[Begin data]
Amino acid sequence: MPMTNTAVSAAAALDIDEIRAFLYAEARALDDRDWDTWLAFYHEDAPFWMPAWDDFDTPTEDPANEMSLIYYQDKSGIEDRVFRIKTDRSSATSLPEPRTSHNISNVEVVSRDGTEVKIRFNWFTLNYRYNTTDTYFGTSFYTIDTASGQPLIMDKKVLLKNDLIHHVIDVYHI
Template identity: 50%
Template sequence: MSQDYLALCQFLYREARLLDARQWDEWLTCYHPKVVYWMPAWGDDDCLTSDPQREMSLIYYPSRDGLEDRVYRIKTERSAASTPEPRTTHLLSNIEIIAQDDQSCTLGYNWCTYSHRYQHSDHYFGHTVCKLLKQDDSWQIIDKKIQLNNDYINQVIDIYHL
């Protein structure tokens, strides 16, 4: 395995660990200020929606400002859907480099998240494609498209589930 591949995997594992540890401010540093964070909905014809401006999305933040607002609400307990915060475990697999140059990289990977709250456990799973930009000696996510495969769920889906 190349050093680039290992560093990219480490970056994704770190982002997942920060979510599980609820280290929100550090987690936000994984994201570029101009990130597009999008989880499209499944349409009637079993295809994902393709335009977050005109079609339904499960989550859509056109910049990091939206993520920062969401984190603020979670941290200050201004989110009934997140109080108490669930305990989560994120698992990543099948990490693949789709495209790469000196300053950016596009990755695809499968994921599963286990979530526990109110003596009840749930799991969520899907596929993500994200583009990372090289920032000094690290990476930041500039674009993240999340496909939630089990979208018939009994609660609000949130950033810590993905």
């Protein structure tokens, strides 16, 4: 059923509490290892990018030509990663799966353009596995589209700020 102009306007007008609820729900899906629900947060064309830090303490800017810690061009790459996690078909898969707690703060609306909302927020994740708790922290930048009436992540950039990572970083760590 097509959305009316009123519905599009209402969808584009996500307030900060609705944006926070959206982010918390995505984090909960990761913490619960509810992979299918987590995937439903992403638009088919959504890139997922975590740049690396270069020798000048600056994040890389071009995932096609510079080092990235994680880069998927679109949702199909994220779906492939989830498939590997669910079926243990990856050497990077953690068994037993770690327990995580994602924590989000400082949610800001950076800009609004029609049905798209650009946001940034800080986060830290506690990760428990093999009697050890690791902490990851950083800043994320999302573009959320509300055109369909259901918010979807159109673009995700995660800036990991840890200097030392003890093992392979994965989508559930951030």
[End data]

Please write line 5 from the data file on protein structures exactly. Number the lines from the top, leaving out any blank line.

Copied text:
């Protein structure tokens, strides 16, 4: 059923509490290892990018030509990663799966353009596995589209700020 102009306007007008609820729900899906629900947060064309830090303490800017810690061009790459996690078909898969707690703060609306909302927020994740708790922290930048009436992540950039990572970083760590 097509959305009316009123519905599009209402969808584009996500307030900060609705944006926070959206982010918390995505984090909960990761913490619960509810992979299918987590995937439903992403638009088919959504890139997922975590740049690396270069020798000048600056994040890389071009995932096609510079080092990235994680880069998927679109949702199909994220779906492939989830498939590997669910079926243990990856050497990077953690068994037993770690327990995580994602924590989000400082949610800001950076800009609004029609049905798209650009946001940034800080986060830290506690990760428990093999009697050890690791902490990851950083800043994320999302573009959320509300055109369909259901918010979807159109673009995700995660800036990991840890200097030392003890093992392979994965989508559930951030």